Answered: What can you do when you can’t fill pharmacy positions?
Did you have enough HR knowledge to correctly answer this workplace dilemma?
You are struggling to recruit staff for your pharmacy. You need a pharmacist, a dispensary assistant and a manager for the sales team.
The right people do not seem to be available, and you feel like you have exhausted all recruitment avenues. Is there anything else you can do?
You are not alone with your recruitment problems. Having insufficient staff for the safe provision of services was the third most commonly failed standard in pharmacy inspections in early 2018, according to the General Pharmaceutical Council.
Getting the right people with the right skills is not easy. The uncertainty around Brexit, which the National Pharmacy Association believes could make pharmacist recruitment processes harder, may continue to adversely affect the recruitment situation.
You say you have looked at all the recruitment avenues for the three roles you need. But how about not recruiting at all, and instead upskilling your staff?
It is not unheard of for technicians to make the leap to qualifying as pharmacists, although admittedly it is not easy because of the need for an MPharm degree. Going back to education for five years might be a difficult sell.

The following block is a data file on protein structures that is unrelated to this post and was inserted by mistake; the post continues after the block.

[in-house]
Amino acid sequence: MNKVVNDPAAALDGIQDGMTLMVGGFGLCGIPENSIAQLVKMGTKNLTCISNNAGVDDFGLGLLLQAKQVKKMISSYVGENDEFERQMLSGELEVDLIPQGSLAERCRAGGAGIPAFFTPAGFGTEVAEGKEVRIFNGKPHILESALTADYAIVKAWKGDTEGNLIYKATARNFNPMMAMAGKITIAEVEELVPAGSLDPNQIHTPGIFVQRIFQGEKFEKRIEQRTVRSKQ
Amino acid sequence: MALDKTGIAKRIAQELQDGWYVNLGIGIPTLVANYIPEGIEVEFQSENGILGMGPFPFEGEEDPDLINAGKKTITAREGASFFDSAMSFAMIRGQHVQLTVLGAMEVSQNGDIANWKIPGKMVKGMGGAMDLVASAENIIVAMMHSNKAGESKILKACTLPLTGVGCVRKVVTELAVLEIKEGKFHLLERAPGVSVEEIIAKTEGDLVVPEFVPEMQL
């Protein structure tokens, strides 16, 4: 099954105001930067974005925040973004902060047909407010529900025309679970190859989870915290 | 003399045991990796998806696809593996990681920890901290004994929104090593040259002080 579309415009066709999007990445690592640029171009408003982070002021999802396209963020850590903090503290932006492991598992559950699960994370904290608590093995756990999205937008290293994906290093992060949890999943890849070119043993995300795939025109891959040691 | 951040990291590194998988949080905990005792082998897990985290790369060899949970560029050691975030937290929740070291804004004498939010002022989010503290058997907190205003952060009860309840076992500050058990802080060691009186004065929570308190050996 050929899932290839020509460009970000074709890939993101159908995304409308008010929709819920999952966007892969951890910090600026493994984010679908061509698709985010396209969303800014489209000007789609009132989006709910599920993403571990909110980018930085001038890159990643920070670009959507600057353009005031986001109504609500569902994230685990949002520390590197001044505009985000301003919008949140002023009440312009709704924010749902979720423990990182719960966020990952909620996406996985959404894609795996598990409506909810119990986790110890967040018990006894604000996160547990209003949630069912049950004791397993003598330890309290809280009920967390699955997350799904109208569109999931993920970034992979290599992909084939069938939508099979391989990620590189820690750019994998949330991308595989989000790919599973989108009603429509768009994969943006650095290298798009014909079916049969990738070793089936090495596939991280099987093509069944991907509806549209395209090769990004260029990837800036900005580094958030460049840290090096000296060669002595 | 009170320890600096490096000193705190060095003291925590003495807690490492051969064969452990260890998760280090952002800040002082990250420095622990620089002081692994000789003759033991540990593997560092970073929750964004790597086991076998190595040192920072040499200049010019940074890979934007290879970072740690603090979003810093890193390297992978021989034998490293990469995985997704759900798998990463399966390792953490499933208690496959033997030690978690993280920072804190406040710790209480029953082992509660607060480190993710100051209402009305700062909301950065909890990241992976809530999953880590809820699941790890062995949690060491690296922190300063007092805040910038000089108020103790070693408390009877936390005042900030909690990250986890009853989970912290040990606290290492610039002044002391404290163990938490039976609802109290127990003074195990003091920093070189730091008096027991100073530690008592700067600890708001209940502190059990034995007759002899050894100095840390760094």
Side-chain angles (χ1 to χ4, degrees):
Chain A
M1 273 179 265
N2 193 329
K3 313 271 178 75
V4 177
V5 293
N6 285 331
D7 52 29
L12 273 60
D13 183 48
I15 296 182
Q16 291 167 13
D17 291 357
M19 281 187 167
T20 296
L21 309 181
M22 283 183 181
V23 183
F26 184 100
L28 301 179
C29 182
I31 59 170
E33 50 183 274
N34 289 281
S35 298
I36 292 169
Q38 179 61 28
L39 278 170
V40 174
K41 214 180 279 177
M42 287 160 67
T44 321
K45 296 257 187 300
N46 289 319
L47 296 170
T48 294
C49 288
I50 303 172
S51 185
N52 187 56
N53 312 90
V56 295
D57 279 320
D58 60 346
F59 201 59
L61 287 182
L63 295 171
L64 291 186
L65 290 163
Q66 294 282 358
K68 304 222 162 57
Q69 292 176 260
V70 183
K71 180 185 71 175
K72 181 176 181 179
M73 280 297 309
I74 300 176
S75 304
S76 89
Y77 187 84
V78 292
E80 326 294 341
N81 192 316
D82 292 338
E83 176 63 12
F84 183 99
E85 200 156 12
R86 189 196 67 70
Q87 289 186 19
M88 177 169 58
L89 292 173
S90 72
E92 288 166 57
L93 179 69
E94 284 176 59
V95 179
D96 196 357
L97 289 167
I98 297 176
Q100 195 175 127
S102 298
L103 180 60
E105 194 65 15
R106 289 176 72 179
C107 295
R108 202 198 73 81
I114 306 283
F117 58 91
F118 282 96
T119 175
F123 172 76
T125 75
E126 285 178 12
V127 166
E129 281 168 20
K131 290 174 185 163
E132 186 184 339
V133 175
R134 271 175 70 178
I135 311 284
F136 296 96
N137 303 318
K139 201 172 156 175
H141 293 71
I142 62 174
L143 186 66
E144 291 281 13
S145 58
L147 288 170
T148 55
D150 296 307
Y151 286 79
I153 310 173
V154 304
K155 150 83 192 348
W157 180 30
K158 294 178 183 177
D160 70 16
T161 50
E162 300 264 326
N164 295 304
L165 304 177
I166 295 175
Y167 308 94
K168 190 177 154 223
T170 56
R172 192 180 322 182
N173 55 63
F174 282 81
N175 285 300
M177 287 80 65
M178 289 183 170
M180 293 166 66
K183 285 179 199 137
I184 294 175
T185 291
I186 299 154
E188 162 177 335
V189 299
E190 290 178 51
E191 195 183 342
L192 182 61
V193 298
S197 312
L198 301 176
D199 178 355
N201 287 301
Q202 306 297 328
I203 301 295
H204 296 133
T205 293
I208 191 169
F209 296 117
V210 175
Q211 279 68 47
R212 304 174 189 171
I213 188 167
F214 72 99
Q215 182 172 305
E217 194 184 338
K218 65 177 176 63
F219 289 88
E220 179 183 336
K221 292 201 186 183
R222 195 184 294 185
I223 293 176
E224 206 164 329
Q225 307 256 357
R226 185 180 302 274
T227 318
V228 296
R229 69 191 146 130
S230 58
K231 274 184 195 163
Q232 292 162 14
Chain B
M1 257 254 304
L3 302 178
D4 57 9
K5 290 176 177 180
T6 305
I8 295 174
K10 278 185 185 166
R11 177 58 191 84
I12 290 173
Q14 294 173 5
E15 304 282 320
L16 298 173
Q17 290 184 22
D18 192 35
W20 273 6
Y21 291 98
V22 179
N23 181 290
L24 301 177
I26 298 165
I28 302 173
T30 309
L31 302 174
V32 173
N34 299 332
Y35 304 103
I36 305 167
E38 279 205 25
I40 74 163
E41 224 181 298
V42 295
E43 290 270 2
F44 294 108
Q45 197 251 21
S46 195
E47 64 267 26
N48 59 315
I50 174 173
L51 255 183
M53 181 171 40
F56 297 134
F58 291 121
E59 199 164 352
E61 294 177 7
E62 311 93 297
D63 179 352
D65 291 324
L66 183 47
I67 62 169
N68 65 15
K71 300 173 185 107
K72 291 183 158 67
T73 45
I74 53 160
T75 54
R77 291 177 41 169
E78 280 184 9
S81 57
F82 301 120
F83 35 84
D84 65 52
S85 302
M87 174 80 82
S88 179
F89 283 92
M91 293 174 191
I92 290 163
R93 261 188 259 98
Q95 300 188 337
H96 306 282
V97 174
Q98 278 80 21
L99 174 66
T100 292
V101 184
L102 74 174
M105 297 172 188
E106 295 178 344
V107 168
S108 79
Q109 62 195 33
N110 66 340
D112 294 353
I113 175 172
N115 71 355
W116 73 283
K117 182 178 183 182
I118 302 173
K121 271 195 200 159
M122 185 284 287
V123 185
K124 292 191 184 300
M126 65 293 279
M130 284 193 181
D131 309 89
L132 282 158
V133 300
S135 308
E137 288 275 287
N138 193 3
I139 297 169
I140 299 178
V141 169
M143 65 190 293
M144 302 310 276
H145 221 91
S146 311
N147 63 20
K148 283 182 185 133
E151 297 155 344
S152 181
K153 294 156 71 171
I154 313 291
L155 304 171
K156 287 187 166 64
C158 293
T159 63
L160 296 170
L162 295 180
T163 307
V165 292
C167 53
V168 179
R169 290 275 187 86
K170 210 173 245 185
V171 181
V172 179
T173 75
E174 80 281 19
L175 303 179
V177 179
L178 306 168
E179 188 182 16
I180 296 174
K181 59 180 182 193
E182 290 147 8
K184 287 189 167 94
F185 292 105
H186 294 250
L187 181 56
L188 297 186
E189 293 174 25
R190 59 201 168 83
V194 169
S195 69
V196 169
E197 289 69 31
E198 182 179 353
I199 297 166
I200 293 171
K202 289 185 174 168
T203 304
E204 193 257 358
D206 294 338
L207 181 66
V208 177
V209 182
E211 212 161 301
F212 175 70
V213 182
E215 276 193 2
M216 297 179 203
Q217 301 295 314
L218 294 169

Nevertheless, it might be worth having the discussion with ambitious members of staff as a long-term plan. Could they study and work at the same time? Could you contribute to their fees?
Where you might have more luck is with the other vacant roles: the dispensary assistant and manager. Candidates for these roles might already be among your workforce, looking for an opportunity to progress.
With a little training and mentoring, not only would you have the properly qualified people for the job, but two people who feel that you care about their career progression. This will lead to more satisfaction at work, which generally means they will be more productive.
Getting these two roles filled from within the organisation could then leave you free to focus your recruitment efforts on the pharmacist role.
There is no one solution to your problem, but it is clearly important to think broadly when considering recruitment and succession planning. If you view your current staff as people who can be developed, rather than a static workforce, you may be able to turn your dilemma into an opportunity.
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